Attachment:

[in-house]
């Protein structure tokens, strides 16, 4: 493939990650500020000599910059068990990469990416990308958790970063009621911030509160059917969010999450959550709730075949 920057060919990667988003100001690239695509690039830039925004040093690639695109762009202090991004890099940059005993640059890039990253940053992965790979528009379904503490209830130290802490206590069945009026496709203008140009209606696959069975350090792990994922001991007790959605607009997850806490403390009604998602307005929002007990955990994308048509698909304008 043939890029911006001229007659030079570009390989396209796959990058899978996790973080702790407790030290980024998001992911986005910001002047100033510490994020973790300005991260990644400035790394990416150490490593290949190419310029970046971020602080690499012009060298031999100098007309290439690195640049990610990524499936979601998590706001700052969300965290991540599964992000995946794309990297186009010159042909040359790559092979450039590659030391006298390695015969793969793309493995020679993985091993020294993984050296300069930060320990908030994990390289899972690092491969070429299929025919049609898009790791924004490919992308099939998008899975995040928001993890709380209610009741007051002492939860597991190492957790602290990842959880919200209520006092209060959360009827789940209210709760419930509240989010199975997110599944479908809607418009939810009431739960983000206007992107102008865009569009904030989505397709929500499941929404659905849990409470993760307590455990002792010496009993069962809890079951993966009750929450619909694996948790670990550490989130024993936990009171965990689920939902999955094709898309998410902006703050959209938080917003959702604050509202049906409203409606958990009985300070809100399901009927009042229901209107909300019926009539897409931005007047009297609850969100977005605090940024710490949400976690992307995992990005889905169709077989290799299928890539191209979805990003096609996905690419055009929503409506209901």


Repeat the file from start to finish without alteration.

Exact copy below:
[in-house]
């Protein structure tokens, strides 16, 4: 493939990650500020000599910059068990990469990416990308958790970063009621911030509160059917969010999450959550709730075949 920057060919990667988003100001690239695509690039830039925004040093690639695109762009202090991004890099940059005993640059890039990253940053992965790979528009379904503490209830130290802490206590069945009026496709203008140009209606696959069975350090792990994922001991007790959605607009997850806490403390009604998602307005929002007990955990994308048509698909304008 043939890029911006001229007659030079570009390989396209796959990058899978996790973080702790407790030290980024998001992911986005910001002047100033510490994020973790300005991260990644400035790394990416150490490593290949190419310029970046971020602080690499012009060298031999100098007309290439690195640049990610990524499936979601998590706001700052969300965290991540599964992000995946794309990297186009010159042909040359790559092979450039590659030391006298390695015969793969793309493995020679993985091993020294993984050296300069930060320990908030994990390289899972690092491969070429299929025919049609898009790791924004490919992308099939998008899975995040928001993890709380209610009741007051002492939860597991190492957790602290990842959880919200209520006092209060959360009827789940209210709760419930509240989010199975997110599944479908809607418009939810009431739960983000206007992107102008865009569009904030989505397709929500499941929404659905849990409470993760307590455990002792010496009993069962809890079951993966009750929450619909694996948790670990550490989130024993936990009171965990689920939902999955094709898309998410902006703050959209938080917003959702604050509202049906409203409606958990009985300070809100399901009927009042229901209107909300019926009539897409931005007047009297609850969100977005605090940024710490949400976690992307995992990005889905169709077989290799299928890539191209979805990003096609996905690419055009929503409506209901």